Another nurse came to transport me on a gurney to the pre-surgical area. They covered me with warm blankets and got me settled in with Katie, my new nurse. By this time I was feeling a little anxiety and noticed my breathing was a little shallower, so I tried to remember to take deep, calming breaths as I answered for the hundredth time my name, birthdate, why I was there, who my emergency contacts were, if I was allergic to anything.
Soon Dr. Dilger, my anesthesiologist came in, and he was older and kind. He suggested I have a spinal anesthetic as well as a general, because with a spinal I have some pain relief after the surgery, and they give me less general anesthesia, which is a good thing. A “surgical fellow” came in and put my surgeon’s initials – MP – on the left side of my belly with a black Sharpie. He asked if I had any questions and since I’d taken a pill a few minutes earlier for pre-surgery sedation, I couldn’t think of any more things to inquire about.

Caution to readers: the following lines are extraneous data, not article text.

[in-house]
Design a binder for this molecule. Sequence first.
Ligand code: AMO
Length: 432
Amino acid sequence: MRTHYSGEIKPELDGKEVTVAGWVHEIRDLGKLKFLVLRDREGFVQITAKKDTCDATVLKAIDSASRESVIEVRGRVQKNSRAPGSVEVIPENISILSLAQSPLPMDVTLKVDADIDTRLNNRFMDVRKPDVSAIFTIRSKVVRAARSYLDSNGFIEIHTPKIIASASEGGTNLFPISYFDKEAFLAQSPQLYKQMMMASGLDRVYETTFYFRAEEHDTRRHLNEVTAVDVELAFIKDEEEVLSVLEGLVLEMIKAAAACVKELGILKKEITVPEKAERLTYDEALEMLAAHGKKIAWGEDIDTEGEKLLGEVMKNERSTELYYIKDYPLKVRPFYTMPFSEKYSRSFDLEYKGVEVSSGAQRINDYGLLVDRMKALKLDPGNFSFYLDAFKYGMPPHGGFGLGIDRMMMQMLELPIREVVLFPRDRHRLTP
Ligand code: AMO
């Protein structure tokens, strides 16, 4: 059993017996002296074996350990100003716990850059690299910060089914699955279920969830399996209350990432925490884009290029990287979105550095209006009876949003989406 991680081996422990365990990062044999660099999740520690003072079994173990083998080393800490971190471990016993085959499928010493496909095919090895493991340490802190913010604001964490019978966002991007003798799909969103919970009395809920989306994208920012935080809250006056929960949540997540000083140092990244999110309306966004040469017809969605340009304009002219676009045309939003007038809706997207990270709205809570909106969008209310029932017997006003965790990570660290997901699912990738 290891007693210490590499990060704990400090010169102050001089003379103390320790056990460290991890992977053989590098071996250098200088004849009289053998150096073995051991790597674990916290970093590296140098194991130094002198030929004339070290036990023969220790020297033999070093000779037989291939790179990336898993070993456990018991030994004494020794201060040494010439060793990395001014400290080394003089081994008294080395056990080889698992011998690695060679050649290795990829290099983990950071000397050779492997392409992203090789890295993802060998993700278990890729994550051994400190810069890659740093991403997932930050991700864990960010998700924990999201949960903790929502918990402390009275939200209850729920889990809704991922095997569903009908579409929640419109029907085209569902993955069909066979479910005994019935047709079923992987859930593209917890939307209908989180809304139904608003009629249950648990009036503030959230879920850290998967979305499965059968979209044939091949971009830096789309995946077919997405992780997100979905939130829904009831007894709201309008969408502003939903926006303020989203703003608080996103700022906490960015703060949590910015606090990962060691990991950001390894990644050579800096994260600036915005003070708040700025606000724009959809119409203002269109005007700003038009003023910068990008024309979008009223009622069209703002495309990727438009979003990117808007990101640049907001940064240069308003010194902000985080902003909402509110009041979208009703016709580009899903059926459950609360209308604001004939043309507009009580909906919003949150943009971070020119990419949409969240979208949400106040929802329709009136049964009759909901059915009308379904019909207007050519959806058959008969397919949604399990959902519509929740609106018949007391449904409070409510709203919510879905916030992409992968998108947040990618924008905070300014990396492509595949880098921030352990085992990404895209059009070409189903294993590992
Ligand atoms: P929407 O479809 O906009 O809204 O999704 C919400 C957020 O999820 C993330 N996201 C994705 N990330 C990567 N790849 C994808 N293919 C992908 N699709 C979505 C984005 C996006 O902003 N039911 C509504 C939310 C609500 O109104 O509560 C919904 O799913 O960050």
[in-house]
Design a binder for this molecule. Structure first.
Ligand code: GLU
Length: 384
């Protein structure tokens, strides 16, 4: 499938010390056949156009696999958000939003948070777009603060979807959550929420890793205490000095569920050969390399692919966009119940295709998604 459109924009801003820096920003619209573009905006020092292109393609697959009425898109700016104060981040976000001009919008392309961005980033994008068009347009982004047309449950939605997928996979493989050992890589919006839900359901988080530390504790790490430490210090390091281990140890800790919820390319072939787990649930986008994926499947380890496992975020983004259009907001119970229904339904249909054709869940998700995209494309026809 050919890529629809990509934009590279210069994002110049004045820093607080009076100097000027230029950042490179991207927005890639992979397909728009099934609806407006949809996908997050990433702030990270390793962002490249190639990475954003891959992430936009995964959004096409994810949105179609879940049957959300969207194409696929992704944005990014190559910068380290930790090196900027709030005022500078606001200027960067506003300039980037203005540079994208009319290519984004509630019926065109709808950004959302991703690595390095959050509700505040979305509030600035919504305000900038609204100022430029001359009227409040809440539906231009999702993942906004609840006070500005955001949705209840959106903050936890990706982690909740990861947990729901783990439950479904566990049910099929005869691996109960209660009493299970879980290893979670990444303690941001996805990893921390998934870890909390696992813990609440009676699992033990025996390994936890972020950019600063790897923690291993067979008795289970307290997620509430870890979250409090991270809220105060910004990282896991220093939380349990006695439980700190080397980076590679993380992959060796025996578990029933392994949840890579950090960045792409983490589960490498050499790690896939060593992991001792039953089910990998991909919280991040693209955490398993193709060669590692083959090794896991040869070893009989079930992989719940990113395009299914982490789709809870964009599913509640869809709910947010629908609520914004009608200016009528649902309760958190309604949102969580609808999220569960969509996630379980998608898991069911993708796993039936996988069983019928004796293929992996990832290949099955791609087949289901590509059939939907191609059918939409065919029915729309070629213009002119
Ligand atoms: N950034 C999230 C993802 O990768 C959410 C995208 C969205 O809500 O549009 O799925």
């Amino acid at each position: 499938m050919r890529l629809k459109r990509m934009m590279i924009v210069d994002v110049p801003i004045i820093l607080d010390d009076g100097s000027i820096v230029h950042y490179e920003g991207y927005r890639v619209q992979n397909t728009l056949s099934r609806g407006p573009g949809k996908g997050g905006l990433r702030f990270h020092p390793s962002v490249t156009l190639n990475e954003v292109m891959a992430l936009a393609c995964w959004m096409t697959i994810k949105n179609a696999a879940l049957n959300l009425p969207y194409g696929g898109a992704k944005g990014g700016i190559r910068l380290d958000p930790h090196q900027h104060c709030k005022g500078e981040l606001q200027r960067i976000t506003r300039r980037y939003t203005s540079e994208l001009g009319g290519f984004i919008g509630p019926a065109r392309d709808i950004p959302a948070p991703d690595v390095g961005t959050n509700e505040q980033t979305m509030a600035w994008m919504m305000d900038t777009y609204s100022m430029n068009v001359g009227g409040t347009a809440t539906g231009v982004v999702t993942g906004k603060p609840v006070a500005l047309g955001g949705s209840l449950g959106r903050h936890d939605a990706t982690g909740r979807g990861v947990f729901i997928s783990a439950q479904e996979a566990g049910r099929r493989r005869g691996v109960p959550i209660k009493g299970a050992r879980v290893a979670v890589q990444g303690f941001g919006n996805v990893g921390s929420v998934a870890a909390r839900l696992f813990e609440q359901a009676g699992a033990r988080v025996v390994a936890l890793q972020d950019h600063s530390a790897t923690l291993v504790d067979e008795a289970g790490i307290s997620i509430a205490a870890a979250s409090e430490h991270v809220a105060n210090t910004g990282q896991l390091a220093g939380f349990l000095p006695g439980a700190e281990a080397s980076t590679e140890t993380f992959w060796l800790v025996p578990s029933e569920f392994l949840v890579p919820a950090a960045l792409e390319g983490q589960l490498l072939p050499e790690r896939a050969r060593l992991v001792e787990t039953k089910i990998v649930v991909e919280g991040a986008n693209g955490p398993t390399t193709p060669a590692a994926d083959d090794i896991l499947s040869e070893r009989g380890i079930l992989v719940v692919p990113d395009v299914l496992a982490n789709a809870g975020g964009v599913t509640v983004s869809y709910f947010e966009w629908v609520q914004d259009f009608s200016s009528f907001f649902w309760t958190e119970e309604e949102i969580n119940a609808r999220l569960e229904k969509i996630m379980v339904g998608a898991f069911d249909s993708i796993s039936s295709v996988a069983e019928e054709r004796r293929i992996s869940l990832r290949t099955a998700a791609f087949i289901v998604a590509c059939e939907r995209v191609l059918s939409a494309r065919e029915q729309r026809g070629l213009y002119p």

It wasn’t very long before another nurse told me she was taking me to the Operating Room, and as she wheeled me down a corridor to some elevators, up to another floor, then down another long, sterile corridor, I could see what looked like the multiple doors, one right after the other, to very futuristic space ships on my left, and she turned me feet-first into the door to OR80.
I had a knee replacement in 2012 and I remember the overhead lights and the general look and feel of an OR, but this one was more intense seeming. I would give lots of reasons except by this time I was slightly sedated and could hear a rapid beepbeepbeep and I asked, “Is that my heart rate?” to which a young man in scrubs replied, “Yes it is, we’re going to give you something for anxiety,” and I realized my body was going into an ohmygoshI’mgoingtodonatemyleftkidney reaction that was beyond my control. So maybe it was the adrenaline and/or cortisol that made me think the ORs at The Mayo Clinic looked more ORish than I’d expected, more hardcore, but that is the best I can do right now, my friends.
I was moved sideways from the gurney onto a stainless steel operating table that was so narrow I thought, “I’m definitely going to fall off of this while they’re taking out my kidney,” but in hindsight I’m pretty sure I didn’t, because yesterday I Googled “nephrectomy surgical positions” and was so very, very sorry I did. My old and multiparous body was strapped down like that and laid out like that? The words Oh.My.Gosh. just don’t cut it.